Paul Tillich, A History Of Christian Thought

Thirteenth Century: Joachim di Fiore, Franciscan theology, Dominic.

The last lecture dealt with Hugh of St. Victor and the sacramental interpretation of reality which we have found in him. I want to give you now a sacramental interpretation of history which has become extremely inf luential upon the Middle Ages and on modern thinking, namely the theology of Joachim di Fiore – (a monastery in Calabria, southern Italy, where Joachim was the abbe. ) He wrote a group of books in which he developed a philosophy of history which has become the alternative to the Augustinian interpretation of history and was the background for most revolutionary movements in the Middle Ages and in modern times, while Augustine’s interpretation of history was the basis for most conservative movements during the same time. So what I want to do is to confront the Joachimistic interpretation of history with the Augustinian.

About the Augustinian I told you already that it puts the reign of Christ, the so- called thousand-years, in the present time and identifies the reign of Christ with the control of this period by the hierarchy and its Divine graces. The sacramental power of the hierarchy makes it the immediate medium of Christ, so that the thousand years, the monarchy of Christ, is the monarchy of the Church. Since this, according to Daniel, is the last period, there is no future any more, the thousand years are present, we live in them, and everything critical can be critical only about the mixed body of the Church, but not about the foundation of the Church, which is final. You can imagine that in this way Augustine removed the threat of millenariansm – the doctrine of-the thousand years – which still lay ahead, and which then was used to criticize the Church and the hierarchy.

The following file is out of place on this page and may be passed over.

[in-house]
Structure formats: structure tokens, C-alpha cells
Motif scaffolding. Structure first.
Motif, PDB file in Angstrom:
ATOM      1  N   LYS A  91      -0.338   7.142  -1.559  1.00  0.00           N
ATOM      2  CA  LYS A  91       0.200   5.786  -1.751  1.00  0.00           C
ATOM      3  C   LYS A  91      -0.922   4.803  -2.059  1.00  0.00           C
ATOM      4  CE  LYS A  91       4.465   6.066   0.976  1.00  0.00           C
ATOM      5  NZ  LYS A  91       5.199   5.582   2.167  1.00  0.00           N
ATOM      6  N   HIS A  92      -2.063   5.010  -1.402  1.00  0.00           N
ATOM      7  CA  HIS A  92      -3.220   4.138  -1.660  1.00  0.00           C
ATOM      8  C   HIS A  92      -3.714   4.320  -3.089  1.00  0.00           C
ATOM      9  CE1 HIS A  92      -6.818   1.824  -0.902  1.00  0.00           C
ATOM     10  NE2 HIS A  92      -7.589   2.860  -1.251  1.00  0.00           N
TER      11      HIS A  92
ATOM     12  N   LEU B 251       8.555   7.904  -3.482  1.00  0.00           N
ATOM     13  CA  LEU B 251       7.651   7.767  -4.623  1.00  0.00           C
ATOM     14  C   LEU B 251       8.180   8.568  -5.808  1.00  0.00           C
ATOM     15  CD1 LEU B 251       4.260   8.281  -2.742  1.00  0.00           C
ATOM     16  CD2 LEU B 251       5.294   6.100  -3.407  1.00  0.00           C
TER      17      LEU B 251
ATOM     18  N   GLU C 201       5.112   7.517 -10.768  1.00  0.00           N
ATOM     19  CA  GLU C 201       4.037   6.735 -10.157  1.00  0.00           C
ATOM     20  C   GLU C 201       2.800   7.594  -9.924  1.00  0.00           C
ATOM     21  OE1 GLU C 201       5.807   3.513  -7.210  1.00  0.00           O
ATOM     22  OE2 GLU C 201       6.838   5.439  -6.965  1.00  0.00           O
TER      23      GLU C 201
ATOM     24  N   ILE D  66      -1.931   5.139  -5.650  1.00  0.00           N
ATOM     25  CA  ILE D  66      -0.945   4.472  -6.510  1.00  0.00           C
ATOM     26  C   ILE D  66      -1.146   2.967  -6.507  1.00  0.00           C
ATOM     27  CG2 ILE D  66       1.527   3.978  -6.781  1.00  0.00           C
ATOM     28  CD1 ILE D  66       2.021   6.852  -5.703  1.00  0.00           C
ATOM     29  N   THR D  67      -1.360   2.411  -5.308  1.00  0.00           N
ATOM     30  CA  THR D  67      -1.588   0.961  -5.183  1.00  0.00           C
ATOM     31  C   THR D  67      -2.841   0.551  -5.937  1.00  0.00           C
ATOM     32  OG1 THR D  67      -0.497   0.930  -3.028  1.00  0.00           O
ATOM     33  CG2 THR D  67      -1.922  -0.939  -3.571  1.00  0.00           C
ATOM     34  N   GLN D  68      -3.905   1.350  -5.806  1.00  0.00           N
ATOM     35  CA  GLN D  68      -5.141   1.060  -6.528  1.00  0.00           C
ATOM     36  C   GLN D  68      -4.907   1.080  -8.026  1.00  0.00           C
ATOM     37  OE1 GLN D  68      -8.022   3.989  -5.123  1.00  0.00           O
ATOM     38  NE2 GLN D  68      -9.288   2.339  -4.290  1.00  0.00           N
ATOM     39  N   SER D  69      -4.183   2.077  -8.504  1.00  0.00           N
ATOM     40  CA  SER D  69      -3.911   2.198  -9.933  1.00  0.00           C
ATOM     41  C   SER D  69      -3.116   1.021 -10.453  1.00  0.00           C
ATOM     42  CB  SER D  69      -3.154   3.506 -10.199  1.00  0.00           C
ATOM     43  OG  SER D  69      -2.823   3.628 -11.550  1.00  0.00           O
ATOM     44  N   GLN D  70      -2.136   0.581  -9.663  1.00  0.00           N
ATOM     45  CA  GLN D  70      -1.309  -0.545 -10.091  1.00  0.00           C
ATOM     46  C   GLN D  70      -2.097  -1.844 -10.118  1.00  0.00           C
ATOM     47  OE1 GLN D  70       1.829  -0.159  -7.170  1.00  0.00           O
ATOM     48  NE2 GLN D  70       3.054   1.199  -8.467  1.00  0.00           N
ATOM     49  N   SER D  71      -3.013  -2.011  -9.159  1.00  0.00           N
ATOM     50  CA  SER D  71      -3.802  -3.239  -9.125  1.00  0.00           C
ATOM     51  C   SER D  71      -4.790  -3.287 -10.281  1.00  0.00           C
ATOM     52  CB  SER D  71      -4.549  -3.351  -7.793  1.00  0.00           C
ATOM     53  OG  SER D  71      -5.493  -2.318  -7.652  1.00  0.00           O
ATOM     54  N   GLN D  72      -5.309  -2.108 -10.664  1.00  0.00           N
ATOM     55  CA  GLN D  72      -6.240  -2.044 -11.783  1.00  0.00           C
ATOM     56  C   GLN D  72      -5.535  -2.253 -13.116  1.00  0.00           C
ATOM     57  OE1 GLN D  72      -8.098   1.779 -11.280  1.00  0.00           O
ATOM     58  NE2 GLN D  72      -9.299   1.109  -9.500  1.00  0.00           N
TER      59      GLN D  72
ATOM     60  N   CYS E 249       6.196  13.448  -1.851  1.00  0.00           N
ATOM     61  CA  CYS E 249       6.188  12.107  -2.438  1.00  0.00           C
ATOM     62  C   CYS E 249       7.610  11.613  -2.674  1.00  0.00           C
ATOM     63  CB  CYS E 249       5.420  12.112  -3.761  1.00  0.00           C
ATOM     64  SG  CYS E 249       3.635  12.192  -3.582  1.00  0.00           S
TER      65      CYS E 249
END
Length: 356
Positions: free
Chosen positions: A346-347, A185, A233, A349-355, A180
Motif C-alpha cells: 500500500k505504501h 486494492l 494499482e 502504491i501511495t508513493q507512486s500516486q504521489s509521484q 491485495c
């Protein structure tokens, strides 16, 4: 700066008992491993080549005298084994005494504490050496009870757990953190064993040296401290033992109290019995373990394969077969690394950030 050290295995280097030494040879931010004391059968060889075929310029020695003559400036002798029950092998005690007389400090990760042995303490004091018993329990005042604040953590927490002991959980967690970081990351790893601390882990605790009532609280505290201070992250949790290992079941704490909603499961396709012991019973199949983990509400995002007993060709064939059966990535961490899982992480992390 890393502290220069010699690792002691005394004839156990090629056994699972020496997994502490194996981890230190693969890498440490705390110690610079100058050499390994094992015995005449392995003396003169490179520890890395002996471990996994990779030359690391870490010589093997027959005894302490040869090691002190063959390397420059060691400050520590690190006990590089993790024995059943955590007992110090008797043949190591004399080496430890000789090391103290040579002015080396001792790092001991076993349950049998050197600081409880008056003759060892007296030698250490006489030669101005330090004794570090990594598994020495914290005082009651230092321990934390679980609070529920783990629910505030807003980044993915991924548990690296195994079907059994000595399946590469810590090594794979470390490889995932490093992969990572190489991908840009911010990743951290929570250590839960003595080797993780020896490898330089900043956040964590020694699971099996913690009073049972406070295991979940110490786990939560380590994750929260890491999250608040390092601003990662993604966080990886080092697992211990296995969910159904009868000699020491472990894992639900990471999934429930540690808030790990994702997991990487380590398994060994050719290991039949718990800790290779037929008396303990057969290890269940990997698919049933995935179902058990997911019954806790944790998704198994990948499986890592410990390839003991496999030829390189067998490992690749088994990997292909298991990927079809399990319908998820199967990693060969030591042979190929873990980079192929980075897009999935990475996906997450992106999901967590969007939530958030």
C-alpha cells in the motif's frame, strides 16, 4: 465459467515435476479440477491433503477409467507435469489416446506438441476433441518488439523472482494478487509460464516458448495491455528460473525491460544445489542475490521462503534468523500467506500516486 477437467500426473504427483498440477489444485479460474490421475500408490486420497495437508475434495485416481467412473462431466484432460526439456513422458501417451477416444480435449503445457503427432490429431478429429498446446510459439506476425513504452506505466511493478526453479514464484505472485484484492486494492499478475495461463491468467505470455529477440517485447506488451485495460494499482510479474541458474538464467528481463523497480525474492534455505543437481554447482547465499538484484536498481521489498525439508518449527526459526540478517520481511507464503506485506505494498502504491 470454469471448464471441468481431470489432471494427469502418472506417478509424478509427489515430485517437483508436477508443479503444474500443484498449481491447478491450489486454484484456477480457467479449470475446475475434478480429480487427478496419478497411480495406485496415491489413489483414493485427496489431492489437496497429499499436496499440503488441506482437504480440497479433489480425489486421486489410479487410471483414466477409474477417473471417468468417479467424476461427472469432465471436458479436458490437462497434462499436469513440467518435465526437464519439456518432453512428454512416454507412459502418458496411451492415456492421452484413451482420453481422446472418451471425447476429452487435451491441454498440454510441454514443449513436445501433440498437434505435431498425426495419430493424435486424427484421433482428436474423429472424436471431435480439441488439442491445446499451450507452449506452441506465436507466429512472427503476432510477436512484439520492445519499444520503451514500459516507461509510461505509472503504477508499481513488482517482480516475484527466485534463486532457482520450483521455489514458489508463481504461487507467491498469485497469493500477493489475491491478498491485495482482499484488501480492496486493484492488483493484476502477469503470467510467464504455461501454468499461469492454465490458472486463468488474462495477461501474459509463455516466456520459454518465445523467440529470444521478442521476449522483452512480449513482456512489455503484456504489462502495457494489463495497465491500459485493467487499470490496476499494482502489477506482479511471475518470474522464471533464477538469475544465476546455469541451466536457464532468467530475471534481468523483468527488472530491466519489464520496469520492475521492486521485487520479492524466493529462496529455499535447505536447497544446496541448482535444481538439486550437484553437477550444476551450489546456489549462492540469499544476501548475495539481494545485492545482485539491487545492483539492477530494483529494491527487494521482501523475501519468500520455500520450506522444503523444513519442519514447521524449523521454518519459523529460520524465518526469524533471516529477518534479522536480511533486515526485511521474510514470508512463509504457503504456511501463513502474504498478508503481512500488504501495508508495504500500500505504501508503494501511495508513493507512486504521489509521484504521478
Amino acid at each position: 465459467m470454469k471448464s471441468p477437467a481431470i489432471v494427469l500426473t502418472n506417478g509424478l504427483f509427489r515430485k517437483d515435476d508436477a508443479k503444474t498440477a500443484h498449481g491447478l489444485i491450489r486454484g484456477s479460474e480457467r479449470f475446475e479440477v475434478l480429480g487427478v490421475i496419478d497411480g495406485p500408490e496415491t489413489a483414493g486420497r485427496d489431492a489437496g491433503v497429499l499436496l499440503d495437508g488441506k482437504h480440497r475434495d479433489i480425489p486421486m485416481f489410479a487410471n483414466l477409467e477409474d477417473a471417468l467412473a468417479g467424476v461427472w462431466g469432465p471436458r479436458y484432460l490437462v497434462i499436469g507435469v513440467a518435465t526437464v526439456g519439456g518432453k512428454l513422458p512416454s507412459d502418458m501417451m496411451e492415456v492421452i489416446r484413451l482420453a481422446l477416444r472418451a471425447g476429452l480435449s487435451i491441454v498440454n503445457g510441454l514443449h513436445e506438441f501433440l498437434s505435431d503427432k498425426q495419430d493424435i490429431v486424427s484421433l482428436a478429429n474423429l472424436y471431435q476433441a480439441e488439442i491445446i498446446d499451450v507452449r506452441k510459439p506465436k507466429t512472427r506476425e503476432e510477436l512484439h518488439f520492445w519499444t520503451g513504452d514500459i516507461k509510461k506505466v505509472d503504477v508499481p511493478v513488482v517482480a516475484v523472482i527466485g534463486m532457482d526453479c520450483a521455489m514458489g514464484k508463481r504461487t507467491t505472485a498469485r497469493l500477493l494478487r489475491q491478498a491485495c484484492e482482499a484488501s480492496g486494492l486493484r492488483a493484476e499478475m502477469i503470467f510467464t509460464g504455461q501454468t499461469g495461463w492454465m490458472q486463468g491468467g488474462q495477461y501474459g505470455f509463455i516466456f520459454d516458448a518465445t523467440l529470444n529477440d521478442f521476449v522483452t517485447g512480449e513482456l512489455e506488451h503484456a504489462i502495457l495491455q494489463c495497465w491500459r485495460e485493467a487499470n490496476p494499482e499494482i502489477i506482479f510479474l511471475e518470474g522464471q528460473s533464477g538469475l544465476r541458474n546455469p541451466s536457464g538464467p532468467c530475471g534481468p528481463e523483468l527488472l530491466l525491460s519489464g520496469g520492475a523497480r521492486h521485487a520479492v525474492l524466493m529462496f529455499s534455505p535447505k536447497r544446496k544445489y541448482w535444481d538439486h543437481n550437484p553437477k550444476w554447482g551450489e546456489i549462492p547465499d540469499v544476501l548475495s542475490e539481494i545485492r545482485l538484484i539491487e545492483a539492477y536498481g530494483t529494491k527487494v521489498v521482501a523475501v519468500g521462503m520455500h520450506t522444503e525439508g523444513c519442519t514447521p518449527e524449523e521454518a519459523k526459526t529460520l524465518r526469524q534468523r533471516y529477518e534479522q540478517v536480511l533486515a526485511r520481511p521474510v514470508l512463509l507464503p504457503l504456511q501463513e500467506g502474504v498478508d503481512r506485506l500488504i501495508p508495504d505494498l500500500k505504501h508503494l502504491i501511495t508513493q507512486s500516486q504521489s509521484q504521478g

Joachim renewed the idea of the thousand years of Christ laying still ahead. He speaks in a good philosophy-of-history-way about the three dispensations which go on in history and are characterized by historical figures. The first period goes from Adam to John the Baptist, or the Christ – it is the age of the Father. But this age is overcome by the very fact of the Christ. Then there is the 2nd period which goes from King Uzziah (Isaiah 6) to the year 1260. These years are produced by the fact that according to the genealogies of the Old Testament, this age embraces 42 generations. Then the 3rd dispensation is that of Benedict in the 5th century after Christ, where Western monasticism starts, and is called the age of the Holy Spirit. It has 21 generations after Christ, which leads to the year 2360.leads: to the year 1260.

This seems to be very artificial. The ages overlap, The 2nd age is identical with the first, in the years from King Uzziah to the birth of Christ, or to John the Baptist. And the 2nd is overlapped by the third in the birth from St. Benedict to 1260. Now what is this overlapping about? It is a very profound insight into historical developments. History, historical periods, never start sharply but always develop in terms of overlapping. There is no “the end of the Gothic period and the beginning of the Renaissance. ” There is no “end of the Renaissance” and “the beginning of the Baroque.” There is no “end of the baroque” and “beginning of the Rococo,” etc.

etc. Every new period is conceived and born in the womb of the former one. This is an insight of which no one was more aware than Karl Marx when he made his interpretation of history and described how every new period was prepared in the womb of the preceding period – for instance, the socialist period in the womb of the bourgeois period, and that in the womb of the late feudal period. It is like birth: there is a certain period in which mother and’ child are in one and the same body, and here in one and the same period. This insight is expressed in the idea of overlapping. The germs of the new period are earlier than what he called fructificatio (fructification), mature realization. A period is not mature when its first beginnings are visible. So we have this trinitarian scheme applied to history, but in such a way that the following period always is present for a certain time in the former period. Christ in this way is one moment in the three periods of history, and history goes beyond Him. It is the same problem which we have in the Fourth Gospel, which is discussed there, whether the Spirit goes beyond the Christ or not.